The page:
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What you need to include in your ASRS sustainability report and additional voluntary reporting options to consider

Join Barbara Albert, our Co-CEO, as she discusses the ASRS sustainability report and director liabilities

Previously in the series

Before we look at what you need to include in your ASRS sustainability report, ensure you’re up to date with our discussion on climate risks and opportunities, developing a carbon footprint, crafting a transition plan and setting effective metrics and targets under ASRS.

Introduction

As Australian Sustainability Reporting Standards (ASRS) approach full implementation, it’s vital for your organisation to fully understand and prepare for the changes these standards bring. These changes are not merely procedural but are designed to integrate climate-related financial disclosures deeply into the corporate governance framework of Australian organisations.

This blog post provides a detailed overview of the mandatory disclosures required in the ASRS sustainability report, including governance, risk management, and emissions metrics, as well as director liabilities. It also explores how you can enhance your sustainability reporting by considering additional voluntary frameworks and initiatives like GRI, SDGs, SBTi, TNFD, B Corp or Climate Active, extending beyond compliance to strategic environmental leadership.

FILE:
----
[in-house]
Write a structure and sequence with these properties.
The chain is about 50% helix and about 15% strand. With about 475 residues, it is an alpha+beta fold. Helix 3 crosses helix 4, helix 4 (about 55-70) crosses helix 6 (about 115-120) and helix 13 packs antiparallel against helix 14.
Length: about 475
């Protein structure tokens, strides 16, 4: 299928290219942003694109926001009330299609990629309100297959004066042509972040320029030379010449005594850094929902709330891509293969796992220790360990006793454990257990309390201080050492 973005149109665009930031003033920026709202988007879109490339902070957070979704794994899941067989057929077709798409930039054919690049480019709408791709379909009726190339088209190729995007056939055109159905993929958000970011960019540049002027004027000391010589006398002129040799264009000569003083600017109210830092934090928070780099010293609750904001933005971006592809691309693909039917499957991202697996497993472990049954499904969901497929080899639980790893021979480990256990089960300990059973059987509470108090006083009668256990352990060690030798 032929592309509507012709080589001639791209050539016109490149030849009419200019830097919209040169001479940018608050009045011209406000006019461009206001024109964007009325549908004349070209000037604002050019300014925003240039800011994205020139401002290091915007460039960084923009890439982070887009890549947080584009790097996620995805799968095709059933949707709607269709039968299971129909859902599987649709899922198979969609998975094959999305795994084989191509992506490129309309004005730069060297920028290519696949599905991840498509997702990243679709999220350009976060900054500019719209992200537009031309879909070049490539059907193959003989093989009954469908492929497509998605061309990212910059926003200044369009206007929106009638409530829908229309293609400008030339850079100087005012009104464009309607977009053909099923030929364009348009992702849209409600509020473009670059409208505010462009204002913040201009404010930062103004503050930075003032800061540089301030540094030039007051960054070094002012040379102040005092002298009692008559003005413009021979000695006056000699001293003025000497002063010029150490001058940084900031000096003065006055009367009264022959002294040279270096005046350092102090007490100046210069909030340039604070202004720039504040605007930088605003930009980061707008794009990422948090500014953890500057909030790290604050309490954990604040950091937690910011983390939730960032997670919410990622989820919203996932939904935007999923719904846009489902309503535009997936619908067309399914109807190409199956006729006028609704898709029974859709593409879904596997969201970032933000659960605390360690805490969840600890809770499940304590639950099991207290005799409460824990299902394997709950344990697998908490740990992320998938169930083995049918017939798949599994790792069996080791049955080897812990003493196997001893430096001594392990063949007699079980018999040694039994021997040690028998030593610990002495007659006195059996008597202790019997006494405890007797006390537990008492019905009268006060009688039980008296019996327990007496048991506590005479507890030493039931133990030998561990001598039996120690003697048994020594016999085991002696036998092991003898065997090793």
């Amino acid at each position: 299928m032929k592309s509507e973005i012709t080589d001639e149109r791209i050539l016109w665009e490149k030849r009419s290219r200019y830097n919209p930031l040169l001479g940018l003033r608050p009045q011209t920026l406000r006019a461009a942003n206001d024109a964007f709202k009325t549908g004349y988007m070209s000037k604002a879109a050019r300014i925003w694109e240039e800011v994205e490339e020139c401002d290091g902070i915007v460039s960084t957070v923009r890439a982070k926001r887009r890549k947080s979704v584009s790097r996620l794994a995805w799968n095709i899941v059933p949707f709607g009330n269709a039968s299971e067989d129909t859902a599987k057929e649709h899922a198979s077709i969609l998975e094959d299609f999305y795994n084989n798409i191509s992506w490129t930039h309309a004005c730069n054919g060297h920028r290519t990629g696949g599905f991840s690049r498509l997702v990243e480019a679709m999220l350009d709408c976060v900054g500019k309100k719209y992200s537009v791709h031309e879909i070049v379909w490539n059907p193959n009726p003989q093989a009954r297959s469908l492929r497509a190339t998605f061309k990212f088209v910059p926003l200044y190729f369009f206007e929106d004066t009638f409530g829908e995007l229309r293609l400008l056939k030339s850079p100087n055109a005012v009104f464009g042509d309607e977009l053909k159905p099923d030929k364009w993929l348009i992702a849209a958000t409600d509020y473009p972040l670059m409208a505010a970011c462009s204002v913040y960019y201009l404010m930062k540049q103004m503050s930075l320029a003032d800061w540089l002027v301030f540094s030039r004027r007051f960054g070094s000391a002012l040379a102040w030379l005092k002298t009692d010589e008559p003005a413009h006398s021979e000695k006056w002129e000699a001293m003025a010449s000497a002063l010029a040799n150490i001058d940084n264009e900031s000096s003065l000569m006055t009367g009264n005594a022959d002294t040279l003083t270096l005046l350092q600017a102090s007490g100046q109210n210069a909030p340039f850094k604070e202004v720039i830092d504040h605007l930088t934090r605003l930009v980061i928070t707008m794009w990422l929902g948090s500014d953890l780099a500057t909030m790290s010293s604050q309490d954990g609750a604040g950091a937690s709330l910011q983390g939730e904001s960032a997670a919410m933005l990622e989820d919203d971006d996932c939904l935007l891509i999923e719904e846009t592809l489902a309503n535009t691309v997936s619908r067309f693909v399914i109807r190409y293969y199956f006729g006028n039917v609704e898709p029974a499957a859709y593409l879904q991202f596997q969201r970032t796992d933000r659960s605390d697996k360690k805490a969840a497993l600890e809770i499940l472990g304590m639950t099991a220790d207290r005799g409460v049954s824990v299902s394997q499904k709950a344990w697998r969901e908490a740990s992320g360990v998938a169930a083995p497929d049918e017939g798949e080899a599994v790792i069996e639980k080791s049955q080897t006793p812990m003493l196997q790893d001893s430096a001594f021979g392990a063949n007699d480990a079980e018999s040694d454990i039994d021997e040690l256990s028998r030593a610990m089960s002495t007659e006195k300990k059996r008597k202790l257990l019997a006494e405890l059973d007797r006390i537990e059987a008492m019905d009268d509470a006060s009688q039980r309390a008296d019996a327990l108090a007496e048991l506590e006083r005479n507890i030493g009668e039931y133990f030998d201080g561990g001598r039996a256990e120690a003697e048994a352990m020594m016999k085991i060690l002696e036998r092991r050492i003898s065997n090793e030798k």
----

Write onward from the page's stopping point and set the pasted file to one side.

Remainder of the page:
Reporting content and requirements

Under the upcoming ASRS, your organisation is mandated to report on climate-related risks and opportunities. This comprehensive reporting begins in the first year with mandatory disclosures on governance frameworks, strategic planning, risk management, and specific metrics and targets, including Scope 1 and Scope 2 greenhouse gas emissions. The reporting requirements extend in the second year to include Scope 3 emissions, which cover indirect emissions related to your organisation’s value chain and financing or investment activities.

The annual ASRS ‘sustainability report’

To facilitate understanding and compliance, these disclosures will be part of a broader sustainability report embedded within your annual report. The ASRS sustainability report will be one of four key sections in your annual report, alongside the directors’ report, financial report, and auditor’s report. If you already issue a voluntary sustainability report, consider integrating it with the ASRS report, renaming it, or continuing with dual reporting. Make sure to include an index table within your annual report to allow users to easily navigate to the climate disclosures.

Timing of annual report lodgement, including for those required to lodge with Australian Securities and Investment Commission (ASIC), will stay consistent with current requirements under section 319 of the Corporations Act. You must make the sustainability report publicly available on your website the day the report is lodged with ASIC.

Here is what the sustainability report is expected to contain:

➡️ A climate statement for the year, which covers:

    • Material climate-related financial risks and opportunities
    • Details of any governance and risk management processes
    • Controls and procedures
    • Metric and targets related to climate, including Scope 1, 2 and 3 GHG emissions